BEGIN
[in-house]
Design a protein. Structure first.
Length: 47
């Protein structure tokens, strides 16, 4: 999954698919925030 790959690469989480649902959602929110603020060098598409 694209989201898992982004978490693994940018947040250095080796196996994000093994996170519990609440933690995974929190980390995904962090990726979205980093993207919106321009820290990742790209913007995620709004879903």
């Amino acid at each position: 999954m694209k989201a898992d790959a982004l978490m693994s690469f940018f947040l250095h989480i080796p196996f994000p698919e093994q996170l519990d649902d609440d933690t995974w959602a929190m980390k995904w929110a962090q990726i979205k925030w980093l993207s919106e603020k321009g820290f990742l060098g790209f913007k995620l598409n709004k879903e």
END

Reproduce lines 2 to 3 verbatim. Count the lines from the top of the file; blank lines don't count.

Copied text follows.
Design a protein. Structure first.
Length: 47